Is the content of each datafile in the same tablespace the same in Oracle database?

All we need is an easy explanation of the problem, so here it is.

On Oracle 12c, is the content of each datafile belonging to a single tablespace the same?

If yes, is it because of performance or backup purpose thus recommanding us to store each datafile on different drives?

If no then why would we create multiple datafiles for a single tablespace when we can autoextend each datafile?

How to solve :

I know you bored from this bug, So we are here to help you! Take a deep breath and look at the explanation of your problem. We have many solutions to this problem, But we recommend you to use the first method because it is tested & true method that will 100% work for you.

Method 1

The maximum size that a data file can reach when set to ‘maxsize unlimited’ depends on the type of tablespace ‘smallfile’ (default) or ‘bigfile’ and the size of the data blocks. But, you do not just configure everything to be big because of the way tablespace extents work. An 8k block size smallfile tablespace can have data files of up to 32GB each.

If you create multiple data files when first creating a tablespace, the TB I/O will not be somehow ‘optimized’ between the files. I/O optimization occurs at a lower level–either file system, RAID, or even down in the NAS/NFS/SCSI architecture itself. Each data file will be used in turn until an extent can no longer be allocated for a given segment at which time the next data file will be used. This means that smaller extent requests may still be possible in the nearly full data file after the next one has already begun usage. What they WON’T DO is behave like a disk pool with extents spread across them.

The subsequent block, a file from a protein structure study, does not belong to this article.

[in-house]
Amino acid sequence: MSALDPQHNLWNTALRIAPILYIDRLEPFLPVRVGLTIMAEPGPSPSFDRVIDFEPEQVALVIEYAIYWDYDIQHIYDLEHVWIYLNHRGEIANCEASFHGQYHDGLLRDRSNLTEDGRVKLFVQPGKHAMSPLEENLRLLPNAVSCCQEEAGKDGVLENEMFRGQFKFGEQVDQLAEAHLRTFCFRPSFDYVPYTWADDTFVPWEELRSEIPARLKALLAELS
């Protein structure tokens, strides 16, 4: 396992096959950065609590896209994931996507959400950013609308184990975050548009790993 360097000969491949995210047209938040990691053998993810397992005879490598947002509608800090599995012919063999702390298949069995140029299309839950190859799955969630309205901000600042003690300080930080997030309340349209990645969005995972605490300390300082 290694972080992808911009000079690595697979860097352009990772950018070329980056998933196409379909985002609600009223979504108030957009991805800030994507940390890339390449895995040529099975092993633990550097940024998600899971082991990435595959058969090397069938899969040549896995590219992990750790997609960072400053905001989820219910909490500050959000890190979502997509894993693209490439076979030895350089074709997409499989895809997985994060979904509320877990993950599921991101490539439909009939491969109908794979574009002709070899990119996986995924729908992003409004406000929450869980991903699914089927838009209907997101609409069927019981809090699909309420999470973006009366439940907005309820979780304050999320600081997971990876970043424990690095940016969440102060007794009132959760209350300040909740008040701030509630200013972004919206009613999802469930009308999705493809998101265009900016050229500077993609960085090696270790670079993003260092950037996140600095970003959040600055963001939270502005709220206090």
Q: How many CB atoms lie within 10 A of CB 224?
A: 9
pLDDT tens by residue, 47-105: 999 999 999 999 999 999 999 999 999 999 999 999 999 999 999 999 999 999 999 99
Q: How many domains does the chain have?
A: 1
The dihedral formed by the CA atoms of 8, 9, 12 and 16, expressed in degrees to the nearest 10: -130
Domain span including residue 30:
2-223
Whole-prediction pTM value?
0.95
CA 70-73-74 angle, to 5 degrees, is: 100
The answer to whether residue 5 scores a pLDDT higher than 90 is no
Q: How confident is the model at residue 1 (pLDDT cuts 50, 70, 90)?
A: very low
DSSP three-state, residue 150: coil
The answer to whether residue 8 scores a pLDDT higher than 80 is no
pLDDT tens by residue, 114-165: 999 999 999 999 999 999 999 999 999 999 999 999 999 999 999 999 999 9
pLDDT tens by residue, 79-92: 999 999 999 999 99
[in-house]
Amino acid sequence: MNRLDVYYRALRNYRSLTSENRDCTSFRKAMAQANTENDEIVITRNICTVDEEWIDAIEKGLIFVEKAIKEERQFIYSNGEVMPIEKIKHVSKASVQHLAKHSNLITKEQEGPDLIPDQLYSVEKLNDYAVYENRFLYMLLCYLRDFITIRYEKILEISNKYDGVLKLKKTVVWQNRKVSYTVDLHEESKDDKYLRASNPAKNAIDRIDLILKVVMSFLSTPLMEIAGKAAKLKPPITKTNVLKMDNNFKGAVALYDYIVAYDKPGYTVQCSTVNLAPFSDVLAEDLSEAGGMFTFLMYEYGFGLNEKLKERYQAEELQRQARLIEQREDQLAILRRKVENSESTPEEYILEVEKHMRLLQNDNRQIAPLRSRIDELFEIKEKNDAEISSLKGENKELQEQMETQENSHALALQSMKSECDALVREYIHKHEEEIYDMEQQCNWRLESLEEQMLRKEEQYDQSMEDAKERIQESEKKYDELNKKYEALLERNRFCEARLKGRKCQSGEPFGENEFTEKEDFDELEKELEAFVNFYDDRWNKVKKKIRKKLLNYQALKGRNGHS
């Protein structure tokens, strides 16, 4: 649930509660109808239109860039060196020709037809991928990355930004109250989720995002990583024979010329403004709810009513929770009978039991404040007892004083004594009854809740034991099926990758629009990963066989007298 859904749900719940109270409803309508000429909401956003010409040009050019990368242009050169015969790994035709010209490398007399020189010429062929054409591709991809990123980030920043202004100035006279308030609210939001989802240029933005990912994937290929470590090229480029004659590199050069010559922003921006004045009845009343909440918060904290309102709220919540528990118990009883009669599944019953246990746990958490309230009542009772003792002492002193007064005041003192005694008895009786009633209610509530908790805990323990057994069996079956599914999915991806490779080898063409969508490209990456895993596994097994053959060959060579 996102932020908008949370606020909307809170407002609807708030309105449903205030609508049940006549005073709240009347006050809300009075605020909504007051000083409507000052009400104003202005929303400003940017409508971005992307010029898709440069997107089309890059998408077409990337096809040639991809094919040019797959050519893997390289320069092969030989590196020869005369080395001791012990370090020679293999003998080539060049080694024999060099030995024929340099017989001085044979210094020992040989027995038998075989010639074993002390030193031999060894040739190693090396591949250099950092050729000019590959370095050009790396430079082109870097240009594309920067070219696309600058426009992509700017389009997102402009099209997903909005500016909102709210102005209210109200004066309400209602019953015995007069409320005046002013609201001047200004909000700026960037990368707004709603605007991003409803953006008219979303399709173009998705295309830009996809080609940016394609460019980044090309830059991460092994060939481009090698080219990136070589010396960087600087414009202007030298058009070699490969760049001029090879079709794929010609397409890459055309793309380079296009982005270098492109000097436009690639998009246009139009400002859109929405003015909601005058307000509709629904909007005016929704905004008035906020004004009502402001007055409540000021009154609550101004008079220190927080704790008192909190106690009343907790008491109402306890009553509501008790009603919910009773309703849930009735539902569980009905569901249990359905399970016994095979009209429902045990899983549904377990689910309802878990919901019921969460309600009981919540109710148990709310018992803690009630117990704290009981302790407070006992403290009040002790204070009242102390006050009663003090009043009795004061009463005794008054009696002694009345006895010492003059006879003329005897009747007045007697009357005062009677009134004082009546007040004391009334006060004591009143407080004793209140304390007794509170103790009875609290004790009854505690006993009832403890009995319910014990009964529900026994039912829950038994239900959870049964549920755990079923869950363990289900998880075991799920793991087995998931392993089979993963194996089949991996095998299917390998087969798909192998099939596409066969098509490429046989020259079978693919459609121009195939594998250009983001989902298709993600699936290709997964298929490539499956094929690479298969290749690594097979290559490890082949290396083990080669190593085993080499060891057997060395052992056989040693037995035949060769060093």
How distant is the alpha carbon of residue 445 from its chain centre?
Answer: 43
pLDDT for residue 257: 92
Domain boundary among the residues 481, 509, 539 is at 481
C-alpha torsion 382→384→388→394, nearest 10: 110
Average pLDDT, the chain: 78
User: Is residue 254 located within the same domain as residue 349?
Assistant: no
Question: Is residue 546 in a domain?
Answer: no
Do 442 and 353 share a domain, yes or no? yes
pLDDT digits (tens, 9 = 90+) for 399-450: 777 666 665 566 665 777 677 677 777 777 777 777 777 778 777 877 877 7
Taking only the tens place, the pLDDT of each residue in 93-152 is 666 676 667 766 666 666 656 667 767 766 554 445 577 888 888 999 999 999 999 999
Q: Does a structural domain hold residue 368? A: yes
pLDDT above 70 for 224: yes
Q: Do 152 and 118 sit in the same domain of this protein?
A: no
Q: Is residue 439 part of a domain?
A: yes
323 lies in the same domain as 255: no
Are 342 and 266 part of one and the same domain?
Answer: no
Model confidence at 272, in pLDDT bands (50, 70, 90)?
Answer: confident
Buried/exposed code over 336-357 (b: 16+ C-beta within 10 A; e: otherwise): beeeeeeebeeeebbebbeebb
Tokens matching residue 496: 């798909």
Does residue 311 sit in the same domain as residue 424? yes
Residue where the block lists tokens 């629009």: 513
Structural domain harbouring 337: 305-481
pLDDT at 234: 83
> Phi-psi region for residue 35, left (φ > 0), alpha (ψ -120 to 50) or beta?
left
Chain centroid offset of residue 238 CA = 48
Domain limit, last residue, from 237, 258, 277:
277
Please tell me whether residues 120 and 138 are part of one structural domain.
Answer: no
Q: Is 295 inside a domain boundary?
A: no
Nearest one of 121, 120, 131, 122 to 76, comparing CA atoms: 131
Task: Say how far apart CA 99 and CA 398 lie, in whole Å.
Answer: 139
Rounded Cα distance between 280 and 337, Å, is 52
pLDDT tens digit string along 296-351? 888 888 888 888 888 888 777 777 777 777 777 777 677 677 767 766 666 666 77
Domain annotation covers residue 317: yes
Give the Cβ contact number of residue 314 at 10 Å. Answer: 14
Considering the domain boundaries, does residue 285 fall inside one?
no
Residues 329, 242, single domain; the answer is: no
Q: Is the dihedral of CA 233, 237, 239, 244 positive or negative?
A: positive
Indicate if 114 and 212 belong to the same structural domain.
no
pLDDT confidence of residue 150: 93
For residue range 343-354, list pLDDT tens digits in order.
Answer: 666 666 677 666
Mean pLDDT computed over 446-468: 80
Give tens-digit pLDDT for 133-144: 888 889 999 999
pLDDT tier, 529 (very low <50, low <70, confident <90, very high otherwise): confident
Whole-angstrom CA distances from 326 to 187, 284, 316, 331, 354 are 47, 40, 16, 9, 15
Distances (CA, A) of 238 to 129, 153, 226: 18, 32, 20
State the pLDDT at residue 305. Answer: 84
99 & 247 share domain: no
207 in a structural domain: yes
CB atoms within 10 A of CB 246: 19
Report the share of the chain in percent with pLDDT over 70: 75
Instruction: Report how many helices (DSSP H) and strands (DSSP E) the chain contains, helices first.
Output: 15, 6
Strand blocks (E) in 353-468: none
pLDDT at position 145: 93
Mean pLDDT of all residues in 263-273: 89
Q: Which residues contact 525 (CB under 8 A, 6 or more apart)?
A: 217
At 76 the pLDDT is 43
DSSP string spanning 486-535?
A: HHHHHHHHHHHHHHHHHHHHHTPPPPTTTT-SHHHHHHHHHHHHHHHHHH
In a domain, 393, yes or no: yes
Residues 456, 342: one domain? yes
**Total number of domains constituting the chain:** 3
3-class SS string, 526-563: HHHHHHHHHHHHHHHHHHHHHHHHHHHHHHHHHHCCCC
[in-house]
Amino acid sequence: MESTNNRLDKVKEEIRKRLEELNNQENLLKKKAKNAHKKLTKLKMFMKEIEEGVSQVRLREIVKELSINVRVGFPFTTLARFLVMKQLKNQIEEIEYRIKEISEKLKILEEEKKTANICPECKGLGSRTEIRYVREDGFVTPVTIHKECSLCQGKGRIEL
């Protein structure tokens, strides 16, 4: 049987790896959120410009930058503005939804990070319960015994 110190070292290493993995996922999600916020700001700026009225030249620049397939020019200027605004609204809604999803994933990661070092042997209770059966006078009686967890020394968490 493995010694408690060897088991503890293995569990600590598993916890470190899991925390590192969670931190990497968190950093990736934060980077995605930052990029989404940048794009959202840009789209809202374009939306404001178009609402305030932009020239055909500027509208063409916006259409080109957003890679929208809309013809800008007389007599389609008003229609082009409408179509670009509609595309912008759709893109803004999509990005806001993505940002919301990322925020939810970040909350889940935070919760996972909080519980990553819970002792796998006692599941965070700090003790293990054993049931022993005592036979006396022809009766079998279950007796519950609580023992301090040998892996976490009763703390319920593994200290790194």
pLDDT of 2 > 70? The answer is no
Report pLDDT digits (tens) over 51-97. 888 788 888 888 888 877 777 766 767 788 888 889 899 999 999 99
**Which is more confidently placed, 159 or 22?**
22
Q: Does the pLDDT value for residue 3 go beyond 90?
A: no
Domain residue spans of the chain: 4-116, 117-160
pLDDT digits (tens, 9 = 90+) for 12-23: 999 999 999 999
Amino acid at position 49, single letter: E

How you distribute data files in the file system is less dependent on the shape and behavior of one tablespace as much as on the distribution of I/O load across all data files across the entire database. In some cases, it may be wise to put new data files on separate file systems and sometimes not. It is important to understand the I/O distribution of your database.

Cheers,

Russ

Method 2

You may use multiple physical files for a single tablespace.
Reason you have this option could be for many reasons.

  1. Expand you storage across multiple device
  2. Go beyond the file system file size limitation.
    are some of the benefits.

To answer your 2nd question; Yes you could set auto extend but there is a maximum limit an operating system can handle as a single file .
eg: Linux 64 bit maximum file size is 32GB so if you set auto extend tablespace setting unlimited with single data file that tablespace would not extend beyond this limit.
refer: Physical Database Limits
Best practice is when you create datafile which is expected to grow maximum to set maximum as 64 then create multiple datafiles and to have initial size with a lower number.

Note: Use and implement method 1 because this method fully tested our system.
Thank you 🙂

All methods was sourced from stackoverflow.com or stackexchange.com, is licensed under cc by-sa 2.5, cc by-sa 3.0 and cc by-sa 4.0

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